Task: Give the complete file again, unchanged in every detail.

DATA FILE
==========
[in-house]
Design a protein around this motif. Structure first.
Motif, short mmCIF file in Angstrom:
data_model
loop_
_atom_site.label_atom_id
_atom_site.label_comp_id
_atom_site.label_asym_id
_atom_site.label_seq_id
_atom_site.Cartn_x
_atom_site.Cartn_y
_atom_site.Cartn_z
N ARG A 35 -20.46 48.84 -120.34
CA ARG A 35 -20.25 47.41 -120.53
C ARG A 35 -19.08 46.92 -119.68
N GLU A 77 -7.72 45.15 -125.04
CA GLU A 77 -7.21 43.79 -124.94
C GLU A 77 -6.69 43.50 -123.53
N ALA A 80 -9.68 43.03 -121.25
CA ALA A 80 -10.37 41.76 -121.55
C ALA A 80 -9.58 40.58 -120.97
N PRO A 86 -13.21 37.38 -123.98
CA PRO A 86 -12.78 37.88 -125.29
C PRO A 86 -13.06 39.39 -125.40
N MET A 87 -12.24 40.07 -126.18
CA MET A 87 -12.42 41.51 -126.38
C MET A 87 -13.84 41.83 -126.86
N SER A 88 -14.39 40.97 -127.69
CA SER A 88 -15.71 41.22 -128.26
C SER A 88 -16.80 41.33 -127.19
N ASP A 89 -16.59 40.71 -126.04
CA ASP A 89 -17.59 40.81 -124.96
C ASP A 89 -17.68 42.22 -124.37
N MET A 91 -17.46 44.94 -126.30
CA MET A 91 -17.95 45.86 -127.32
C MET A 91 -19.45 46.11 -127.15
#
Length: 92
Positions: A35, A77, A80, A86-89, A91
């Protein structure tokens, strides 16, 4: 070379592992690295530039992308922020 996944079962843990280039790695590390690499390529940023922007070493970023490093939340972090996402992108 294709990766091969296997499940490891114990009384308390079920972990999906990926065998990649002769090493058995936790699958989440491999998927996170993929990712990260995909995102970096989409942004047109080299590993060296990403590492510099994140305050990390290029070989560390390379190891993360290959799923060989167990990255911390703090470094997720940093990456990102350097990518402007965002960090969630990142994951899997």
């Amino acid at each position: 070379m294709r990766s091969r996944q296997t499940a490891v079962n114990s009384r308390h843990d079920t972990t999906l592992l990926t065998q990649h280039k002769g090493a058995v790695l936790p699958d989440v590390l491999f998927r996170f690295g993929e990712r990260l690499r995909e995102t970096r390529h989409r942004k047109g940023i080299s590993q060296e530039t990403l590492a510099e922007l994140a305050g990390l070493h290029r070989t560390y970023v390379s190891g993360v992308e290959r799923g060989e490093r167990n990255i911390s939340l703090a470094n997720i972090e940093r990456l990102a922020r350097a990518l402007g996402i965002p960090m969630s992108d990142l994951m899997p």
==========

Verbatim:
[in-house]
Design a protein around this motif. Structure first.
Motif, short mmCIF file in Angstrom:
data_model
loop_
_atom_site.label_atom_id
_atom_site.label_comp_id
_atom_site.label_asym_id
_atom_site.label_seq_id
_atom_site.Cartn_x
_atom_site.Cartn_y
_atom_site.Cartn_z
N ARG A 35 -20.46 48.84 -120.34
CA ARG A 35 -20.25 47.41 -120.53
C ARG A 35 -19.08 46.92 -119.68
N GLU A 77 -7.72 45.15 -125.04
CA GLU A 77 -7.21 43.79 -124.94
C GLU A 77 -6.69 43.50 -123.53
N ALA A 80 -9.68 43.03 -121.25
CA ALA A 80 -10.37 41.76 -121.55
C ALA A 80 -9.58 40.58 -120.97
N PRO A 86 -13.21 37.38 -123.98
CA PRO A 86 -12.78 37.88 -125.29
C PRO A 86 -13.06 39.39 -125.40
N MET A 87 -12.24 40.07 -126.18
CA MET A 87 -12.42 41.51 -126.38
C MET A 87 -13.84 41.83 -126.86
N SER A 88 -14.39 40.97 -127.69
CA SER A 88 -15.71 41.22 -128.26
C SER A 88 -16.80 41.33 -127.19
N ASP A 89 -16.59 40.71 -126.04
CA ASP A 89 -17.59 40.81 -124.96
C ASP A 89 -17.68 42.22 -124.37
N MET A 91 -17.46 44.94 -126.30
CA MET A 91 -17.95 45.86 -127.32
C MET A 91 -19.45 46.11 -127.15
#
Length: 92
Positions: A35, A77, A80, A86-89, A91
């Protein structure tokens, strides 16, 4: 070379592992690295530039992308922020 996944079962843990280039790695590390690499390529940023922007070493970023490093939340972090996402992108 294709990766091969296997499940490891114990009384308390079920972990999906990926065998990649002769090493058995936790699958989440491999998927996170993929990712990260995909995102970096989409942004047109080299590993060296990403590492510099994140305050990390290029070989560390390379190891993360290959799923060989167990990255911390703090470094997720940093990456990102350097990518402007965002960090969630990142994951899997």
């Amino acid at each position: 070379m294709r990766s091969r996944q296997t499940a490891v079962n114990s009384r308390h843990d079920t972990t999906l592992l990926t065998q990649h280039k002769g090493a058995v790695l936790p699958d989440v590390l491999f998927r996170f690295g993929e990712r990260l690499r995909e995102t970096r390529h989409r942004k047109g940023i080299s590993q060296e530039t990403l590492a510099e922007l994140a305050g990390l070493h290029r070989t560390y970023v390379s190891g993360v992308e290959r799923g060989e490093r167990n990255i911390s939340l703090a470094n997720i972090e940093r990456l990102a922020r350097a990518l402007g996402i965002p960090m969630s992108d990142l994951m899997p």